Pyrite (FeS2) is the most abundant iron-sulfur mineral in the seabed. A strong thermodynamic and kinetic drive makes pyrite the main terminal product of reduced iron and sulfur transformations under sediment conditions. One of the main pathways of pyrite formation is the oxidation of iron sulfide by hydrogen sulfide [1]:

FeS + H2S → FeS2 + H2

The process may be enhanced by methanogenic archaea that effectively consume H2 for the reduction of CO2 to CH4 [2]. A similar enhancement may be caused by H2 oxidation by sulfate reducing bacteria in the sulfatic sediment.

Pyrite is stable at low temperature in the absence of oxygen and oxidative weathering, and its formation history can therefore be recorded back in sedimentary rocks over geological timescales [3, 4]. The burial of pyrite and organic matter in marine sediments provides an important global sink for reducing power, of importance for the oxidation state of Earth’s surface. Below a sub-seafloor depth where potential oxidants, such as metal oxides or sulfate, have been exhausted, the buried organic matter continues to be slowly degraded by microorganisms. Methane and CO2 are thereby the ultimate products of organic carbon mineralization. Pyrite, in contrast, may undergo slow recrystallization but remains a stable end-product of iron-sulfur diagenesis in the deep, anoxic and methanic sediment.

A new study by Payne et al. [5] questions that last statement. The authors performed batch culture experiments with two species of methanogenic archaea, Methanococcus voltae and Methanosarcina barkeri, using formate, methanol or acetate as substrates. FeS2 or mackinawite (FeS(mack)) was provided as the only source of iron and sulfur. The fine-grained FeS2 was either laboratory-synthesized according to Berner [6] or was produced by grinding pyrite crystals. The striking observation was that the methanogens apparently performed a reductive dissolution of the FeS2. The released iron and sulfur were used for the synthesis of archaeal cell biomass. The dissolution required physical contact between cells and minerals and proceeded even by 1 mM free sulfide in the medium. For comparison, it would require sub-nM concentrations of both Fe2+ and H2S to bring pyrite to dissolution in a purely chemical system [7]. The authors did not suggest a mechanism for the reductive pyrite dissolution but indicated that it may have played a role for the iron and sulfur cycles through Earth’s geological history. In the following, I will briefly consider both of these aspects.

The formation of pyrite is strongly exergonic in anoxic sediments. Therefore, the reductive dissolution is expectedly an energy-requiring process. In the experiments of Payne and coworkers, the dissolution served the formation of cellular biomass, including the synthesis of proteins and complex cofactors. The requirement for physical contact between cells and FeS2 grains indicated that the reductive dissolution involved an electron transfer from the methanogens to the mineral surface. Such an electron transfer is known from the syntrophy between bacteria and methanogens, whereby heterotrophic bacteria give off electrons to a mineral surface while methanogenic archaea receive the electrons for the reduction of CO2 to CH4. The minerals may be iron sulfides, such as mackinawite, greigite (Fe3S4) or FeS2, or they may be magnetite (Fe3O4) or black carbon, all of which can function as electric conductors and capacitors [8,9,10].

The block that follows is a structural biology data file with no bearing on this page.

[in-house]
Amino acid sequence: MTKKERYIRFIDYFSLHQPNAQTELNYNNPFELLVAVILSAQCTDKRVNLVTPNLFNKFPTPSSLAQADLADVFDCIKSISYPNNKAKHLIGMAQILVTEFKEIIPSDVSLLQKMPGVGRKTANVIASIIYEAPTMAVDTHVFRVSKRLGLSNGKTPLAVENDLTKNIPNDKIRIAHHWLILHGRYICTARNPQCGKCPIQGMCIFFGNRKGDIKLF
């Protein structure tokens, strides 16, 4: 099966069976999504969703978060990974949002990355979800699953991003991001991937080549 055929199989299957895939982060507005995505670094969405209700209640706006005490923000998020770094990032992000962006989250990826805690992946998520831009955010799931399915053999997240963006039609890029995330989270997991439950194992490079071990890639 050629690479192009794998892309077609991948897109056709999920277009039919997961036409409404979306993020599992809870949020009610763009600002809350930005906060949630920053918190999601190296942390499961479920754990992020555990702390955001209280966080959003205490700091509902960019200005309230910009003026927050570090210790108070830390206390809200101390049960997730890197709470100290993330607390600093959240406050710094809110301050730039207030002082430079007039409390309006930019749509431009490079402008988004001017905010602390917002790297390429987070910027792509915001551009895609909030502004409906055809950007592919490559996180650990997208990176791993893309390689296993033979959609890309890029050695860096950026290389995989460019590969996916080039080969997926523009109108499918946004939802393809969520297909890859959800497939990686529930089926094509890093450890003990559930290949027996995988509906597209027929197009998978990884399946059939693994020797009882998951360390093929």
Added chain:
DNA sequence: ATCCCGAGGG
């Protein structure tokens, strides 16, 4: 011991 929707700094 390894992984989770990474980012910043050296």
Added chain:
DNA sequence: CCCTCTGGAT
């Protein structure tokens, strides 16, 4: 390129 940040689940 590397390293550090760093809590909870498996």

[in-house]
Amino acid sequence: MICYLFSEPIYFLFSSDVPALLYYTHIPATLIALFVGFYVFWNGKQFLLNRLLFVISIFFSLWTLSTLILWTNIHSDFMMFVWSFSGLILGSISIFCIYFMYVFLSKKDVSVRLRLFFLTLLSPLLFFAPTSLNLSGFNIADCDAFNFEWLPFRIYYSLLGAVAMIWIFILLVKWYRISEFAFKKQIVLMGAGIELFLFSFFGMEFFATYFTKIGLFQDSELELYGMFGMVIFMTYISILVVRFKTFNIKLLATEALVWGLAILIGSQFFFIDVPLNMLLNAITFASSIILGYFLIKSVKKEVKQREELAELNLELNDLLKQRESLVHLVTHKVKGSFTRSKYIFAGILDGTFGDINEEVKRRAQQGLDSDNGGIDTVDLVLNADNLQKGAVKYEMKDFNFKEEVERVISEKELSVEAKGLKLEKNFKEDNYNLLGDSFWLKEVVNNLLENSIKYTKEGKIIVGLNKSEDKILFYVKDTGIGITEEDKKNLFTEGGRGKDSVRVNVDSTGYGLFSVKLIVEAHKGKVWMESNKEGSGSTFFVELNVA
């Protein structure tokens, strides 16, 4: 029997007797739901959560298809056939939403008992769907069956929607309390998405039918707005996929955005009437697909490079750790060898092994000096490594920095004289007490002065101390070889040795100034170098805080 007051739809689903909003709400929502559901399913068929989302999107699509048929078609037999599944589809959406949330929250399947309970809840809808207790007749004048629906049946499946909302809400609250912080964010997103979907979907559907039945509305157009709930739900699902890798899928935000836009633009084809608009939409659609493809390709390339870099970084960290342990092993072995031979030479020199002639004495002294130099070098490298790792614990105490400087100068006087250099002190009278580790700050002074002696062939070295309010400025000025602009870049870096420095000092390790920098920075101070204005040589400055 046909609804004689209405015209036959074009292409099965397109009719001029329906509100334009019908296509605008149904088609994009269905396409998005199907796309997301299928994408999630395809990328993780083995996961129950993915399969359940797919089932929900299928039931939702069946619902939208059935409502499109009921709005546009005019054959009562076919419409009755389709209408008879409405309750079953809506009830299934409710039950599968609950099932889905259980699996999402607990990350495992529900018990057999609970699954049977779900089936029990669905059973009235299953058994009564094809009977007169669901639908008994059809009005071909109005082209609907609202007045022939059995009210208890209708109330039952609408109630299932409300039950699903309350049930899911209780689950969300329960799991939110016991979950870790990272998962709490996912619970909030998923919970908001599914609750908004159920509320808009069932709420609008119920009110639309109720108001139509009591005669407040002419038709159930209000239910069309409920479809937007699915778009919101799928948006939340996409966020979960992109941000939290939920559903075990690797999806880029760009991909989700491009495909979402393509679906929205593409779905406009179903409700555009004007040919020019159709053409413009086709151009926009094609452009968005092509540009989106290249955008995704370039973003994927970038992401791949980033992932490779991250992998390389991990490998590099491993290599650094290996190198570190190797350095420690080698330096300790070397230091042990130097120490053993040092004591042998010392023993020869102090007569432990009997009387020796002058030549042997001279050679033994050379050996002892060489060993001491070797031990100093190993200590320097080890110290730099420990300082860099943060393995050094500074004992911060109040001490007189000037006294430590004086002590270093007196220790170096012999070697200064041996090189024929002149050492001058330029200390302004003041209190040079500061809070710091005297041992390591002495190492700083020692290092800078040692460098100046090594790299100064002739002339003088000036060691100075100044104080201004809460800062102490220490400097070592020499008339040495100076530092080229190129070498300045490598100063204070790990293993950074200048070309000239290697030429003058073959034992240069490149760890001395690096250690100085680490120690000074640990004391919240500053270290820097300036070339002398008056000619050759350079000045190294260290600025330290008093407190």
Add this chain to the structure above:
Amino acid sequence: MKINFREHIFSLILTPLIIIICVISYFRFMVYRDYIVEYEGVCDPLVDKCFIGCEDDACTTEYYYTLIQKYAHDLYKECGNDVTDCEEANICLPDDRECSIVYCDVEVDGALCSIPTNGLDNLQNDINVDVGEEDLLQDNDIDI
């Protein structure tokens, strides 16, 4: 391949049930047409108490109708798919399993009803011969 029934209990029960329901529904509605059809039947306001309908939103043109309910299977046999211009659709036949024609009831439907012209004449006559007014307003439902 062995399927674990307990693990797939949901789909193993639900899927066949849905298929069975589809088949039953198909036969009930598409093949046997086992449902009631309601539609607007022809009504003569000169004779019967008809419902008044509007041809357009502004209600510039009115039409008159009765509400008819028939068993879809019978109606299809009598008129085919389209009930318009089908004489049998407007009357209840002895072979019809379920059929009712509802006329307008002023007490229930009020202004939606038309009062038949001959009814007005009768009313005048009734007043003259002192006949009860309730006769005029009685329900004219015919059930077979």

The transfer of electrons from bacteria to minerals generally involves outer-membrane multiheme c-type cytochromes (OMCs) and electrically conductive pili [9]. It is less known how methanogens receive or give off electrons, but some Methanosarcina species have OMCs, and methanogens have appendages that serve attachment. This may have enhanced the observed formation of methanogenic biofilms on pyrite surfaces, and perhaps enabled an electron transfer, in the experiments by Payne et al. [5]. However, an important aspect of the inter-species electron transfer from bacteria to methanogens via minerals is that the minerals are not chemically altered but only serve as electrical conduits for energy metabolism. In contrast, the reductive dissolution of pyrite had the function to supply Fe and S for biosynthesis, presumably at the expense of catabolic energy.